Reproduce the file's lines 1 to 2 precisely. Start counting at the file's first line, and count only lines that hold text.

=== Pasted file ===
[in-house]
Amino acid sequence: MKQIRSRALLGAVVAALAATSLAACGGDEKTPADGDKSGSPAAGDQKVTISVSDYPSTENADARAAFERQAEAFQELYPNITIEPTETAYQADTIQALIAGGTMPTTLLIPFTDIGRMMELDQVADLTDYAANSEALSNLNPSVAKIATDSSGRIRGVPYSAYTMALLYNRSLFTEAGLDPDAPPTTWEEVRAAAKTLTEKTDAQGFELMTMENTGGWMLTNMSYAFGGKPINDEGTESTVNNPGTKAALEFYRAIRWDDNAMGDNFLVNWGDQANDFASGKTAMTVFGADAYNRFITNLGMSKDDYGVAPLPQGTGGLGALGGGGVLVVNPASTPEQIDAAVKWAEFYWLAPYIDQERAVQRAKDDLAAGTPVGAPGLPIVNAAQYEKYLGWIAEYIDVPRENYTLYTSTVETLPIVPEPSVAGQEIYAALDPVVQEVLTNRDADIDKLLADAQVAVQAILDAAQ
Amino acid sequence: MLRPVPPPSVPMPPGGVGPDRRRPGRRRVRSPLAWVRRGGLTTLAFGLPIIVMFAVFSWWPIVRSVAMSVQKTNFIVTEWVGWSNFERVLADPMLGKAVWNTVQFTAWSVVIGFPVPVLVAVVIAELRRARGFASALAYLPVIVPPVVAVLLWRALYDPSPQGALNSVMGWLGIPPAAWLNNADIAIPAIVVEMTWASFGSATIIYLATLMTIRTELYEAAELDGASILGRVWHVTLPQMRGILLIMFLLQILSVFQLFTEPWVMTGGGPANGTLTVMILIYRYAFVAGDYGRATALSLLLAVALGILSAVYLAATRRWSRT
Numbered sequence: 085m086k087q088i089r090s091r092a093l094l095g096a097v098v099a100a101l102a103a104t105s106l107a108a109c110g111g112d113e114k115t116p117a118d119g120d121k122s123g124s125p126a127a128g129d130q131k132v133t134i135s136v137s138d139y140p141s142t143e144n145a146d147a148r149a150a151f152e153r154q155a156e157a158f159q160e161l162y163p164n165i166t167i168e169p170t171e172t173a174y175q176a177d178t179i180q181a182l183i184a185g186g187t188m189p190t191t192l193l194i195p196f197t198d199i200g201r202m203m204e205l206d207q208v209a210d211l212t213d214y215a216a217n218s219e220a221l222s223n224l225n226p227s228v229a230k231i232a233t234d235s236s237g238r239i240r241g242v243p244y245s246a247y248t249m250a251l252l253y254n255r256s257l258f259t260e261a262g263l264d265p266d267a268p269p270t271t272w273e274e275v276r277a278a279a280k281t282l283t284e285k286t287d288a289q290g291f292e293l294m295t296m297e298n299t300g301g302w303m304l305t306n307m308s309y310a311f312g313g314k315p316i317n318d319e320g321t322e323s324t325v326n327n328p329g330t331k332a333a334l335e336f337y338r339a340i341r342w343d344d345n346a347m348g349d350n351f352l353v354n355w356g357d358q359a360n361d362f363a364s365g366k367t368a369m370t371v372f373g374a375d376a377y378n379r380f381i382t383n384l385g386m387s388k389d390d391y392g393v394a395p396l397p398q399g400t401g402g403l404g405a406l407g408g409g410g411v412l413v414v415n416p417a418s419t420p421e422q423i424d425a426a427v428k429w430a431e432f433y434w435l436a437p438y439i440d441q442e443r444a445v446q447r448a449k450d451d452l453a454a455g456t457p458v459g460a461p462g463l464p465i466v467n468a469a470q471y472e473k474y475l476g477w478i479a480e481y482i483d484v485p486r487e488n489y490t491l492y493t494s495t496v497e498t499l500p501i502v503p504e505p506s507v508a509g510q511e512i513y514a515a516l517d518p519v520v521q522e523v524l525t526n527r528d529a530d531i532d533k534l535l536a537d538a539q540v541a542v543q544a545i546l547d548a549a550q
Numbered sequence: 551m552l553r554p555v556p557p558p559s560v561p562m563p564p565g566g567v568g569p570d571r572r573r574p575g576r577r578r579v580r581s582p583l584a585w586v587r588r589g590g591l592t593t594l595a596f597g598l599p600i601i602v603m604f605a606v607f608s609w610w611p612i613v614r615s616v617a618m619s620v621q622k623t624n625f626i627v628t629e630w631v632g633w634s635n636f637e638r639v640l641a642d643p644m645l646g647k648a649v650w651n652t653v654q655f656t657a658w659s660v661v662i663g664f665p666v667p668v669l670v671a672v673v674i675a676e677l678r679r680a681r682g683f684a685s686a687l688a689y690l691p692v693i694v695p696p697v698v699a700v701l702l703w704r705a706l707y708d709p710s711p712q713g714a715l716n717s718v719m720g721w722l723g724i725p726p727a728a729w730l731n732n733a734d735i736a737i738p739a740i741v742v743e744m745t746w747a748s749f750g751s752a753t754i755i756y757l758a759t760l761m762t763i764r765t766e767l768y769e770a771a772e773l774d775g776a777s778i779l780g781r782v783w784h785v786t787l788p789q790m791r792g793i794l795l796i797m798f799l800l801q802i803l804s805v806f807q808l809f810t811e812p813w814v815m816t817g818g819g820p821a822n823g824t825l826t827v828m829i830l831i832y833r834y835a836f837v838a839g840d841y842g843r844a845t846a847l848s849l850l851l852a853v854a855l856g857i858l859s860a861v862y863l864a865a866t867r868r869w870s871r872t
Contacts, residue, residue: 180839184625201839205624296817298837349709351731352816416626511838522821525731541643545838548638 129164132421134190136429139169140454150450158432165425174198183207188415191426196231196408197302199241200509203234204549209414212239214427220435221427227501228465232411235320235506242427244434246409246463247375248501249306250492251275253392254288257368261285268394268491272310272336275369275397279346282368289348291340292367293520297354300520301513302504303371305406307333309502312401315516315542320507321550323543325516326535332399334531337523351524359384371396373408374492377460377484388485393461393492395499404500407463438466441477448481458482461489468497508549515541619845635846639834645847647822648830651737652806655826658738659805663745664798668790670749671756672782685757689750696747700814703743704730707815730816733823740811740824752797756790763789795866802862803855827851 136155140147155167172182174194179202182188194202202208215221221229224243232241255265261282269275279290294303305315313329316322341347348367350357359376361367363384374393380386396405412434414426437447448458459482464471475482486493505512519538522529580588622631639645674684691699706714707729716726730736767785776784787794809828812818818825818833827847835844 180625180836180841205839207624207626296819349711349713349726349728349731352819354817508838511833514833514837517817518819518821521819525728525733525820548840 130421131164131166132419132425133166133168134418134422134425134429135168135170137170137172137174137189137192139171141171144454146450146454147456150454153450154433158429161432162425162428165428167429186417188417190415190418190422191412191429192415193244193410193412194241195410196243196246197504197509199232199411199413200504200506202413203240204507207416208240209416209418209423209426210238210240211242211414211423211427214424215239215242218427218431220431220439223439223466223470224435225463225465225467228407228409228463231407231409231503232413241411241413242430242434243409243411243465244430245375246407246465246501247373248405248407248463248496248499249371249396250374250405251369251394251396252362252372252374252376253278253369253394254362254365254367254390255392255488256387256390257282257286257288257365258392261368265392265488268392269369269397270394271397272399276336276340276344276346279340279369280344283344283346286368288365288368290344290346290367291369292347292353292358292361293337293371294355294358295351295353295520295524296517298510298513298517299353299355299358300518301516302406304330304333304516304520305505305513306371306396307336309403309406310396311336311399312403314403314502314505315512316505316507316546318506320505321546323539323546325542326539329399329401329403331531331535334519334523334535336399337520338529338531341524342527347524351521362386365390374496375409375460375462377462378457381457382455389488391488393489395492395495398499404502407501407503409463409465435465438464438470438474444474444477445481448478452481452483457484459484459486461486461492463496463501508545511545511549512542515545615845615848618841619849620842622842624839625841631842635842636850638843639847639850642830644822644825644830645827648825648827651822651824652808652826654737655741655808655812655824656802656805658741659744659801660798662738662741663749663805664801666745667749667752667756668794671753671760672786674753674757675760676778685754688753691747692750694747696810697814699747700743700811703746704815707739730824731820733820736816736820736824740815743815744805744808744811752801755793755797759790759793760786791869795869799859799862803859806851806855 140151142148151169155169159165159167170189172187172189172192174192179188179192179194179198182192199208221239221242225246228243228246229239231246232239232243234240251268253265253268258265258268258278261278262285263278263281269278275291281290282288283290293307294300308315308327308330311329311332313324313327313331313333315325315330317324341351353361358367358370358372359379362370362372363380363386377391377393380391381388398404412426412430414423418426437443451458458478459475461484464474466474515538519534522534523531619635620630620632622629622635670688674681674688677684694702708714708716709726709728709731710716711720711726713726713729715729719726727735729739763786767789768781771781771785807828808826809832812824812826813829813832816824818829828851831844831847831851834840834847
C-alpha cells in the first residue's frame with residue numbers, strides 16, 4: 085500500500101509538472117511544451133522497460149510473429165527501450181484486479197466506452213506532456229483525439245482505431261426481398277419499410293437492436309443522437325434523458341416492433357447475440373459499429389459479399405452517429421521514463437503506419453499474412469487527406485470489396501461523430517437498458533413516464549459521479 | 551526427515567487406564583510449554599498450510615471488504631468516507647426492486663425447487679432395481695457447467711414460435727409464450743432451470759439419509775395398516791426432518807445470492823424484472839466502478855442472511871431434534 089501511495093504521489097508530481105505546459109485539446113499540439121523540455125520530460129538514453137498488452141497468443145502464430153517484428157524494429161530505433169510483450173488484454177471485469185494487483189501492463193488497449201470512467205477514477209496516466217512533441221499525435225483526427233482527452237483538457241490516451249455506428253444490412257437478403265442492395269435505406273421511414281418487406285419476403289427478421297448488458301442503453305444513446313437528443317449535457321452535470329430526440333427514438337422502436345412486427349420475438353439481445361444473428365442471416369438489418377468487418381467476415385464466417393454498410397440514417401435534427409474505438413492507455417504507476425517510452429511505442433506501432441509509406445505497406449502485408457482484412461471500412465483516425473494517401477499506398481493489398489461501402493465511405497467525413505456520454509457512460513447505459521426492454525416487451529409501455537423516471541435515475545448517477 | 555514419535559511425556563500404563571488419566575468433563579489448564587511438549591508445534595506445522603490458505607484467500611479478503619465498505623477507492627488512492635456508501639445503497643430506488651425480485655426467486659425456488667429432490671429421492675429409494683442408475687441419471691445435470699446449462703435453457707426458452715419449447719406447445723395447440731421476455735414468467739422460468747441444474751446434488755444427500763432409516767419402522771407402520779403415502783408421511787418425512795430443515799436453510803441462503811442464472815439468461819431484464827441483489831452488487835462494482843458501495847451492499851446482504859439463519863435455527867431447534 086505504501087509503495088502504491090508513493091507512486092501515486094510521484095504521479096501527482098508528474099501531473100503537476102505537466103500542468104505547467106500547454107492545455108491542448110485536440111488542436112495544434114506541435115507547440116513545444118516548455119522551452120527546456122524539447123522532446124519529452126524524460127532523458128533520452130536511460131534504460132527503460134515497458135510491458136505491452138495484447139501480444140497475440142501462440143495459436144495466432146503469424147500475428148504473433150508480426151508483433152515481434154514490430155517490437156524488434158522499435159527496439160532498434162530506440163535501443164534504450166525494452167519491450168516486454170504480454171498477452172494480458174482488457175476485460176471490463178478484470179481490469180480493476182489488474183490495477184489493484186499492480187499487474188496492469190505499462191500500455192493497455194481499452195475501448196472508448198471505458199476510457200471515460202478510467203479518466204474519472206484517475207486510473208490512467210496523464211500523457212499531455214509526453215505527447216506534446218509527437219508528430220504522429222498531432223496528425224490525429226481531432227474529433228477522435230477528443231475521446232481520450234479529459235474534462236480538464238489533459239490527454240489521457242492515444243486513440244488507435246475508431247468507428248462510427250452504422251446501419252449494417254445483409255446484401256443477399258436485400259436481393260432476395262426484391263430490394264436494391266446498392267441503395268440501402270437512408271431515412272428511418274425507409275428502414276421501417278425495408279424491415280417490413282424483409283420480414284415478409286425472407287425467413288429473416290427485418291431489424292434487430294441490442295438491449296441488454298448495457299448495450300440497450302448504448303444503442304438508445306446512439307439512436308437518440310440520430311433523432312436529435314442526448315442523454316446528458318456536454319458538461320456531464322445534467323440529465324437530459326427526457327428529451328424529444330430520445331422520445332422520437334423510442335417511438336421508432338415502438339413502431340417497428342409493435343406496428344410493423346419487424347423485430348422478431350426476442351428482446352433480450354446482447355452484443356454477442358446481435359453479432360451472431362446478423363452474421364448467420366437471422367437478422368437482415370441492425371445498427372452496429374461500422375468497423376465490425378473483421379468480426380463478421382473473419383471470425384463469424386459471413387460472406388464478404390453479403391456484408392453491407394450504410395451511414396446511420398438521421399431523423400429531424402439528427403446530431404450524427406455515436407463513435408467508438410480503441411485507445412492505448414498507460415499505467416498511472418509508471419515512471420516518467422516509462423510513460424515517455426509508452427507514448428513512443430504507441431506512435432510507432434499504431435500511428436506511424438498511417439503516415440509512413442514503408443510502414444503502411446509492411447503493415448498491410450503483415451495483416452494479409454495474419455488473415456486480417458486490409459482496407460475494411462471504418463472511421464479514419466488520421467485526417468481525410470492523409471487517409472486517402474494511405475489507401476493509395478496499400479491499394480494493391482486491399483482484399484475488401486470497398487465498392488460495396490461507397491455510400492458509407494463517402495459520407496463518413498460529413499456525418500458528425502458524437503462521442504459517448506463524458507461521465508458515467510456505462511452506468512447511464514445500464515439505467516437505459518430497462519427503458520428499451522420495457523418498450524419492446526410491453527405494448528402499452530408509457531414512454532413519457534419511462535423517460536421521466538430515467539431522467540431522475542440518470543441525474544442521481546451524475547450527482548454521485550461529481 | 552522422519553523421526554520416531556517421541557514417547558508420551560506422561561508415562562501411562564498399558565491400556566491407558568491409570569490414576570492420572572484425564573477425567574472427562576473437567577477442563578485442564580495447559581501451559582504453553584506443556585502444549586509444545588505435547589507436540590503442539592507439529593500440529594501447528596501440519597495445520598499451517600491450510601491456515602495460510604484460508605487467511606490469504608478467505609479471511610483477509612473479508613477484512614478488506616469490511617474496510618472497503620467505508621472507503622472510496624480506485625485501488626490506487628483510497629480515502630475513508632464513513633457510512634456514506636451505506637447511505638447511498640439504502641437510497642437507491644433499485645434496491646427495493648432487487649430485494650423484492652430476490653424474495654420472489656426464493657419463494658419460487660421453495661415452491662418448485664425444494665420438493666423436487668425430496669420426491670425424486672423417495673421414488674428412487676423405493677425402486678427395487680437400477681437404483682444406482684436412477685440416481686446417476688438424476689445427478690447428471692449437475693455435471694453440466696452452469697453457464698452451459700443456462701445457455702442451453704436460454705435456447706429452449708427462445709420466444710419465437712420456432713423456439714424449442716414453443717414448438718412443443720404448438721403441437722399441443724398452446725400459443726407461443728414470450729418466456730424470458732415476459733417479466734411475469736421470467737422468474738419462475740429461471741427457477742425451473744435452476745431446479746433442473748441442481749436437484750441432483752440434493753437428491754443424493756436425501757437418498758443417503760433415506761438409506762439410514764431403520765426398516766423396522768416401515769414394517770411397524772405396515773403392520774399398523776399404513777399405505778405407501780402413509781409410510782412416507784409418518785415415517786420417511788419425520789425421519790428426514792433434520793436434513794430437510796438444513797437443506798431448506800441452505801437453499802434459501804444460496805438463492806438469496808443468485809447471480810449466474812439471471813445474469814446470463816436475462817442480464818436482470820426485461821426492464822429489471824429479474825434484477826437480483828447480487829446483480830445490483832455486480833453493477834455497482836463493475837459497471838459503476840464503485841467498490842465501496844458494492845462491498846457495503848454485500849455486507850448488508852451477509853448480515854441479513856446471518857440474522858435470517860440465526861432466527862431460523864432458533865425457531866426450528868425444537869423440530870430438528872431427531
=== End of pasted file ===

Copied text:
[in-house]
Amino acid sequence: MKQIRSRALLGAVVAALAATSLAACGGDEKTPADGDKSGSPAAGDQKVTISVSDYPSTENADARAAFERQAEAFQELYPNITIEPTETAYQADTIQALIAGGTMPTTLLIPFTDIGRMMELDQVADLTDYAANSEALSNLNPSVAKIATDSSGRIRGVPYSAYTMALLYNRSLFTEAGLDPDAPPTTWEEVRAAAKTLTEKTDAQGFELMTMENTGGWMLTNMSYAFGGKPINDEGTESTVNNPGTKAALEFYRAIRWDDNAMGDNFLVNWGDQANDFASGKTAMTVFGADAYNRFITNLGMSKDDYGVAPLPQGTGGLGALGGGGVLVVNPASTPEQIDAAVKWAEFYWLAPYIDQERAVQRAKDDLAAGTPVGAPGLPIVNAAQYEKYLGWIAEYIDVPRENYTLYTSTVETLPIVPEPSVAGQEIYAALDPVVQEVLTNRDADIDKLLADAQVAVQAILDAAQ